The SPY PUT has been my hedge since it was introduced in 1993. I have received a number of emails from readers wondering about when I will be again using the spy put. I also have had readers ask why I would even bother with put selling or covered calls when my SPY PUT hedge trades are so good.

To shed some light on the SPY PUT hedge I thought I would answer some of the questions in this article. First, the SPY PUT hedge is only for weakness in the market and it has to be noticeable weakness. I do not use the SPY PUT hedge to “try” to “guess” when market direction might change. It is solely for when the markets turn down.


The last SPY PUT trade was on December 12 2011, when I wrote “Spy Put Back In Action“. If you look at the chart below from Dec 12, you can see that the market opened lower and continue to fall lower. This is perfect for my SPY PUT hedge.

SPY PUT back in action

SPY PUT morning trade for Dec 12 2011

SPY PUT Hedge Trade Nov 21 2011

Below is the spy put hedge trade for Nov 21 2011. On this day I bought and sold spy put contracts twice for a double dip.

SPY PUT - double dip

SPY PUT Double Dip on Monday as I purchased and sold spy put contracts a second time

SPY PUT Hedge And When To Use It

Both of the above trades and indeed all the trades from 2011 were during periods of solid market weakness. In other words I use the SPY PUT when the chance of success is HIGH. That means solid weakness in the market. Below is the SPY chart from today, Jan 25 2012 until around noon. There were no chances to buy the SPY PUT contracts before the market fell since the overall direction was down right at the open. This is more typical of a bull market than a bear. Bull markets tend to open lower and climb higher. Bear markets tend to open either higher or lower but slide throughout the day which makes the SPY PUT hedge perfect as it allows time during the day to buy the spy put contracts and then sell them as the market slides lower.

Spy Put For Jan 25 2012 Shows Limited Chance Of Success

SPY PUT Hedge for Jan 25 2012 Shows Limited Chance Of Success

Investing is not a race and it is not gambling. There is no reason to rush to invest AT ANY TIME in ANY MARKET. Patience is the key to successful investing because patience breeds consistent returns. The SPY PUT hedge is used by me to build a cash cushion to protect my overall portfolio from large losses.

It may help fo read these three articles in which I lay out how I use the SPY PUT and the reasons for each style of trade.

Understanding SPY PUT Hedge Strategy – Part 1

Understanding SPY PUT Hedge Strategy – Part 2

Understanding SPY PUT Hedge Strategy – Part 3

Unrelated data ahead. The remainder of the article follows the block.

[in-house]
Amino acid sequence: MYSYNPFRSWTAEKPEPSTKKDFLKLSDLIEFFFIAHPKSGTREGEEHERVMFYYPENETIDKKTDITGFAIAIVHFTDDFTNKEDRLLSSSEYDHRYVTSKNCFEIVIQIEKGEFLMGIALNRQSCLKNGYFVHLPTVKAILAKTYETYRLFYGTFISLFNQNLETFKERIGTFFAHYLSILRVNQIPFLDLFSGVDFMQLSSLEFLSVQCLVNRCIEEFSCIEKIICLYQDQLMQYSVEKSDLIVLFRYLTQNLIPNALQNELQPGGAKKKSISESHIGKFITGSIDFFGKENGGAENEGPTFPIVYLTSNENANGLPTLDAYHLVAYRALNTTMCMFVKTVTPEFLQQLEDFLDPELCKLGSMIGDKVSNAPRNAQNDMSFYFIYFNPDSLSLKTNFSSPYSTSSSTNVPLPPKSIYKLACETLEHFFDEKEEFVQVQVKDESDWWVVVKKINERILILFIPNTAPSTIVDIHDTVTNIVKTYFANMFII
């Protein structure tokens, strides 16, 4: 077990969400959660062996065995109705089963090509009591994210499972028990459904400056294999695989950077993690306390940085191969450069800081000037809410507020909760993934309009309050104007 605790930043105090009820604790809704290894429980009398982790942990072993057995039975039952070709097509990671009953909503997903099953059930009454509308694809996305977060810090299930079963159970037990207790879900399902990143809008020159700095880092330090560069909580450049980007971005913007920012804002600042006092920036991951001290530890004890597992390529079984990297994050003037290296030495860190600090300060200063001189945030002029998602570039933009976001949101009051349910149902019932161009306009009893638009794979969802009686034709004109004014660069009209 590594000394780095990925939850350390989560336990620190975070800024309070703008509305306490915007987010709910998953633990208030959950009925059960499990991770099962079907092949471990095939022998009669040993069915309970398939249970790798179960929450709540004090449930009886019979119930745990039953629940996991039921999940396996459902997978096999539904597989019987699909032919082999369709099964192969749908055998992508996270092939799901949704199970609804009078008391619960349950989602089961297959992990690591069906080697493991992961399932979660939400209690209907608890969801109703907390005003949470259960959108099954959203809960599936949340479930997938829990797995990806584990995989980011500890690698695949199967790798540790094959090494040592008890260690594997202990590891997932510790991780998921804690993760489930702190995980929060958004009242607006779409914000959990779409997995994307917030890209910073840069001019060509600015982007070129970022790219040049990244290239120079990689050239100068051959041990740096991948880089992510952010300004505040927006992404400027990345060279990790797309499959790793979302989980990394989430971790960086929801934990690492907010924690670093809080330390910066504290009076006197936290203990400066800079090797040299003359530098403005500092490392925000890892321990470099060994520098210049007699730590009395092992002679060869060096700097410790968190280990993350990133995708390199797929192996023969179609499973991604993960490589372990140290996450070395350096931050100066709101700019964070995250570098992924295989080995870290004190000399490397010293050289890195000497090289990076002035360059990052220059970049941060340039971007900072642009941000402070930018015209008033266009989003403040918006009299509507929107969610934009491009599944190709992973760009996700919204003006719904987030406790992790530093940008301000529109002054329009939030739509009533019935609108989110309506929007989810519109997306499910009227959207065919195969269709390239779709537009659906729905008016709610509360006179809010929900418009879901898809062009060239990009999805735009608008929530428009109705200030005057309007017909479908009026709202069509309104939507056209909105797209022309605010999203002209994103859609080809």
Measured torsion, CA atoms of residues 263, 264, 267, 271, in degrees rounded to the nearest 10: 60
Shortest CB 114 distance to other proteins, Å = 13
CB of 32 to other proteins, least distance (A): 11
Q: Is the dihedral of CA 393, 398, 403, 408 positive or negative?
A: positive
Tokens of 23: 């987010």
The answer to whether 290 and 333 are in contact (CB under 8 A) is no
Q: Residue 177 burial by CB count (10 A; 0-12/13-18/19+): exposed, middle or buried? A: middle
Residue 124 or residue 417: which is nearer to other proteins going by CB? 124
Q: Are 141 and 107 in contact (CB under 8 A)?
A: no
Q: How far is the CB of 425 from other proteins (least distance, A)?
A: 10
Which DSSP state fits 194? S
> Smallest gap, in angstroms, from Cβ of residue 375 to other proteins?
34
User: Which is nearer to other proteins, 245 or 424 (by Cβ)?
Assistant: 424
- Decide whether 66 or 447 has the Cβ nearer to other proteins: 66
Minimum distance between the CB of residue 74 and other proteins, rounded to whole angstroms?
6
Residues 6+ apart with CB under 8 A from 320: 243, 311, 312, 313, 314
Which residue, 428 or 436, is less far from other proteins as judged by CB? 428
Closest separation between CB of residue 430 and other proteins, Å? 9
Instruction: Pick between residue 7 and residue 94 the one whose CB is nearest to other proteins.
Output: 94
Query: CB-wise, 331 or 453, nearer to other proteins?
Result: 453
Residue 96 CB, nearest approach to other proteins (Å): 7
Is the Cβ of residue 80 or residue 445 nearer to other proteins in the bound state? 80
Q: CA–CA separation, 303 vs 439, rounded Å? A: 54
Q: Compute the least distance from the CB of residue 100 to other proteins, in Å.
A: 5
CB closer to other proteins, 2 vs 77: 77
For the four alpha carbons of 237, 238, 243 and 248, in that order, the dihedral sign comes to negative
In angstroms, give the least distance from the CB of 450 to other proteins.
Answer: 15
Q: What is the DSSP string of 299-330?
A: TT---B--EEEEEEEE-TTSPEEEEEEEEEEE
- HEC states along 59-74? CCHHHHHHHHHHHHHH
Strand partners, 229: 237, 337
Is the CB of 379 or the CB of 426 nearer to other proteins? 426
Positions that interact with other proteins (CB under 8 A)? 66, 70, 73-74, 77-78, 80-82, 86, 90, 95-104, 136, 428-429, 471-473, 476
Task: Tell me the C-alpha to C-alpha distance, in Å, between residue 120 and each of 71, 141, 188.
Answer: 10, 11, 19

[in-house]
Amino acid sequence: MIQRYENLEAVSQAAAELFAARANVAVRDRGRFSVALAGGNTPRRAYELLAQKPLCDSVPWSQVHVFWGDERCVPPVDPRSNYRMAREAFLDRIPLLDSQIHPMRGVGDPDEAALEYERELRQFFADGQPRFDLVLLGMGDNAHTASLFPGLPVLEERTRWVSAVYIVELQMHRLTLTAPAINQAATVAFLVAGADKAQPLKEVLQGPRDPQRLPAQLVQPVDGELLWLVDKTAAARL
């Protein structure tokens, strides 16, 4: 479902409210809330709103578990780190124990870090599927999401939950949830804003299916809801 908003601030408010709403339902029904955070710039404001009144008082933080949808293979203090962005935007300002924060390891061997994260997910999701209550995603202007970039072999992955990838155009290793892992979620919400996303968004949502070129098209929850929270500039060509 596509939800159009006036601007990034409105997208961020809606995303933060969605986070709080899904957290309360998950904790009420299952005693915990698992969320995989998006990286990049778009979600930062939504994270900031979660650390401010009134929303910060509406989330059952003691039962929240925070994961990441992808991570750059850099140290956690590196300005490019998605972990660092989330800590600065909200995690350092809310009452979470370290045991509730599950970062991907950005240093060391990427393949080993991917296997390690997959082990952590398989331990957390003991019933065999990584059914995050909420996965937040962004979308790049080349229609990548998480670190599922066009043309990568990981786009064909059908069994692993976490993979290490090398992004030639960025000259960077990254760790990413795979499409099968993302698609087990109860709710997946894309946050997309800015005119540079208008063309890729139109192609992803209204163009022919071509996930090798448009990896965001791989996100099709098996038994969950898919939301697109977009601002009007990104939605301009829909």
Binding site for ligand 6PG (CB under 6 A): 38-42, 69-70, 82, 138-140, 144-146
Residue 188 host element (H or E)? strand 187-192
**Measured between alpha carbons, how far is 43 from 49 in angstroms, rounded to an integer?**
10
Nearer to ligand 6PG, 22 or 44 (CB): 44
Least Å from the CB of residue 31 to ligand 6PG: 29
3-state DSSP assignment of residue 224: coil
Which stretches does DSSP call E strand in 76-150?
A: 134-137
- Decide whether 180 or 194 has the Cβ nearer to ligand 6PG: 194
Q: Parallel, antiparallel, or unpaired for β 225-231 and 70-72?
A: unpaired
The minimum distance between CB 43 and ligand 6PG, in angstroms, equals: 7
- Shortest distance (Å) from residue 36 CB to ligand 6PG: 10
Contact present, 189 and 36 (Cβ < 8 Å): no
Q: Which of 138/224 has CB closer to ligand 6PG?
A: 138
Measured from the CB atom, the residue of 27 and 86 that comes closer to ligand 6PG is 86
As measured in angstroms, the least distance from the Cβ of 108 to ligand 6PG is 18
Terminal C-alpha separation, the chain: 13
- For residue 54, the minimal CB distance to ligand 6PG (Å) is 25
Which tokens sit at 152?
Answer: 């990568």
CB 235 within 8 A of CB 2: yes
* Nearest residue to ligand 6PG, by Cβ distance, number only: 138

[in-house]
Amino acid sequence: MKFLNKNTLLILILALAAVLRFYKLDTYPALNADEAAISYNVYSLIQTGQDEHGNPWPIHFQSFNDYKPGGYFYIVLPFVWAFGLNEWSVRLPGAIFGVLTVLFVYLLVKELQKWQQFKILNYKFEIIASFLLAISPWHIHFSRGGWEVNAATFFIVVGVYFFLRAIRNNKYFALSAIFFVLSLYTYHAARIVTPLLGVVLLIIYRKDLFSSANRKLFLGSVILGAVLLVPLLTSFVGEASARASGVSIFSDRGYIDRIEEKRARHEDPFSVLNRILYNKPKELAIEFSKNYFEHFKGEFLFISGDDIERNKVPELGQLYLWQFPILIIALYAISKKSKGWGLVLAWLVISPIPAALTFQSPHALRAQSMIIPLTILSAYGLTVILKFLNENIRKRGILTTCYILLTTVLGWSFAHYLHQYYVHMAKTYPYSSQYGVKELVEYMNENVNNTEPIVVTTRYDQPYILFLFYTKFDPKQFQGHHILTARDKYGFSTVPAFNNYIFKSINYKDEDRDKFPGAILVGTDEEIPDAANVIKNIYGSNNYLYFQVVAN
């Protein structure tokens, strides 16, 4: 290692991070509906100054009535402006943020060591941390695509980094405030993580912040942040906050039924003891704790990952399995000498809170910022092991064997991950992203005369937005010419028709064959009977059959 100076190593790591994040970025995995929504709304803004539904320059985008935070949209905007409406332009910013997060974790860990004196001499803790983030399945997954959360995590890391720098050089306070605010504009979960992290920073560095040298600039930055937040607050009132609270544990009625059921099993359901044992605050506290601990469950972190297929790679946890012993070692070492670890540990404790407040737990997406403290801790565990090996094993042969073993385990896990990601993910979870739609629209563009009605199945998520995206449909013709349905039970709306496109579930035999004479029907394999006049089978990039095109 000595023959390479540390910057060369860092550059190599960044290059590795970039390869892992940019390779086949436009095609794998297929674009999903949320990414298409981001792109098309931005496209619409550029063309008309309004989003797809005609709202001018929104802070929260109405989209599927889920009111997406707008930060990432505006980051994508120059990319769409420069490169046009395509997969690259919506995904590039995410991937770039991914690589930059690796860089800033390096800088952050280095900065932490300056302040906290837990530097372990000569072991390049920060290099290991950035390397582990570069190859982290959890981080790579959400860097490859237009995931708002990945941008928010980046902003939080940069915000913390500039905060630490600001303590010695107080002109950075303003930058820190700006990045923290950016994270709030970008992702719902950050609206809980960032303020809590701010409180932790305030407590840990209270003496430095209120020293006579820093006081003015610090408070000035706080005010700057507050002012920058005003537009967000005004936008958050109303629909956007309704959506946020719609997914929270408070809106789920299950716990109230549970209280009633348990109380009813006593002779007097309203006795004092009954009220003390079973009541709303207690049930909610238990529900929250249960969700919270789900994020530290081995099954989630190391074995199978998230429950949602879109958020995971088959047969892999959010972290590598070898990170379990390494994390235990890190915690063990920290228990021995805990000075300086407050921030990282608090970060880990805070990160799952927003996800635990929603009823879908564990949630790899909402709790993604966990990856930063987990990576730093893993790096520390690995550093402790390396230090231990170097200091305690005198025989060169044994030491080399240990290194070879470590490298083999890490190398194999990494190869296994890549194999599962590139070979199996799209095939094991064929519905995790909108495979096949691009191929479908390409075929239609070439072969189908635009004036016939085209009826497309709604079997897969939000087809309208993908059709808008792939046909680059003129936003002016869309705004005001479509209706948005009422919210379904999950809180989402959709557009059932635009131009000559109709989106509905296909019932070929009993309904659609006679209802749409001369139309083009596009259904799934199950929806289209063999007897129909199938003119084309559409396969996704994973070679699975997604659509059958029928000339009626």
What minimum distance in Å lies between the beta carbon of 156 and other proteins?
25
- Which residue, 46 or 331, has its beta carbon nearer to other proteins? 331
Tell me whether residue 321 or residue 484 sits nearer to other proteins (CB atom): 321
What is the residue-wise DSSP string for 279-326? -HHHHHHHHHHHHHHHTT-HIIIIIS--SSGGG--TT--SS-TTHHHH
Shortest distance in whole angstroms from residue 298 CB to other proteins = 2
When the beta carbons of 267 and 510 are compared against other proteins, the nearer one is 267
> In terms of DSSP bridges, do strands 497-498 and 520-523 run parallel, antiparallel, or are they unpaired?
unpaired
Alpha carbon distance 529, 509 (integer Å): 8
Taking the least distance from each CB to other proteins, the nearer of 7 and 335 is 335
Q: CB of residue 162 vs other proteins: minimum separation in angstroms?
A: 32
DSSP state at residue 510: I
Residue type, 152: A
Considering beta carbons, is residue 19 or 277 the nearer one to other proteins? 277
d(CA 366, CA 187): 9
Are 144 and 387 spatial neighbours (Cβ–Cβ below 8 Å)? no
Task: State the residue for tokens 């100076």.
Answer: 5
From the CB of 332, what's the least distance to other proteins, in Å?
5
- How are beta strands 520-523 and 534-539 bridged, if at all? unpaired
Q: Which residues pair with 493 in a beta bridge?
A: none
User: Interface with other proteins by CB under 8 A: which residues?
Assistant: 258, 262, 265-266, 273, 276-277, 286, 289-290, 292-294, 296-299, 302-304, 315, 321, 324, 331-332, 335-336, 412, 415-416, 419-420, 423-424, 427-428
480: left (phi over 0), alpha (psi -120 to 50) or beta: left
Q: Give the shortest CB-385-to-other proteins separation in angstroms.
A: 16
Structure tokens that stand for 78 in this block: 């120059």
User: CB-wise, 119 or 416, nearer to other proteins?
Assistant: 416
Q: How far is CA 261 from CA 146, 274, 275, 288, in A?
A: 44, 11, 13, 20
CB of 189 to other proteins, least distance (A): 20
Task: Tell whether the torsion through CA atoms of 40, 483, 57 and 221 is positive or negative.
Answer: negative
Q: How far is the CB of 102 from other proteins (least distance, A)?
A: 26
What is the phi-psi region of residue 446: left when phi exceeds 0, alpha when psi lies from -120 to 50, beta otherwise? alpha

Select this SPY PUT link to read more about the SPY for investors.


In answer to the other question regarding why I would both to invest through Put Selling and Covered Calls, when obviously my SPY PUT hedge works so well, the answer is because the SPY PUT hedge is for weak markets. It performed very well in 2008, and part of 2009, but returns in 2009 were excellent for stock picking, put selling and indeed covered calls.

Indeed there are market periods when the SPY PUT hedge is not even needed. Below is my chart from March 2003 to March 2004 when my hedge was not placed once. If I relied solely on my hedge for compounding my capital I would have missed out on an excellent capital building period.

SPY PUT Hedge was not needed throughout many market periods

Put selling has enormous advantages in almost every market condition. Covered Calls are a necessity in my retirement portfolio because in Canada the RRSP (registered retirement saving plan) laws are strict about what options you can and cannot do. I cannot sell puts in my RRSP. I can sell covered calls.

In my RRSP I can buy and sell spy put contracts but if I am wrong and there are capital losses, I cannot use those losses against capital gains as it is a retirement plan or tax deferred plan. Therefore selling these types of put contracts in my retirement plan makes limited sense. In Canada we also have a tax-free savings plan which the Canadian Banks love to push because Canadians are fairly conservative with their money. They stick money into these types of plans to avoid paying taxes. However most simply squirrel it away in a Guaranteed Investment Certificate from a bank which banks love to sell since investors money is locked up and they get to use the money to expand their bottom line while paying out meagre interest rates. Once again Tax Free Savings Plans do not allow for the selling of puts, but I can do covered calls in them.


To conclude, it is important to understand the SPY PUT hedge as a strategy. It is for periods of solid market weakness in order to increase the odds of a successful trade. Often if the trade is not working one day, it will work the next or certainly within a few trading sessions, but only in bear markets.

Buy having more than one trade strategy in my arsenal I can take advantage of any market condition be it bull, bear or neutral. By using various trade strategies I can become more proficient at consistently applying those strategies to compound my capital.

It bears repeating that investing is neither a race nor gambling. It is through consistently applying sound strategies like Put Selling, Covered Calls and the SPY PUT hedge at the right moments that I can continue to compound my capital and lower risk.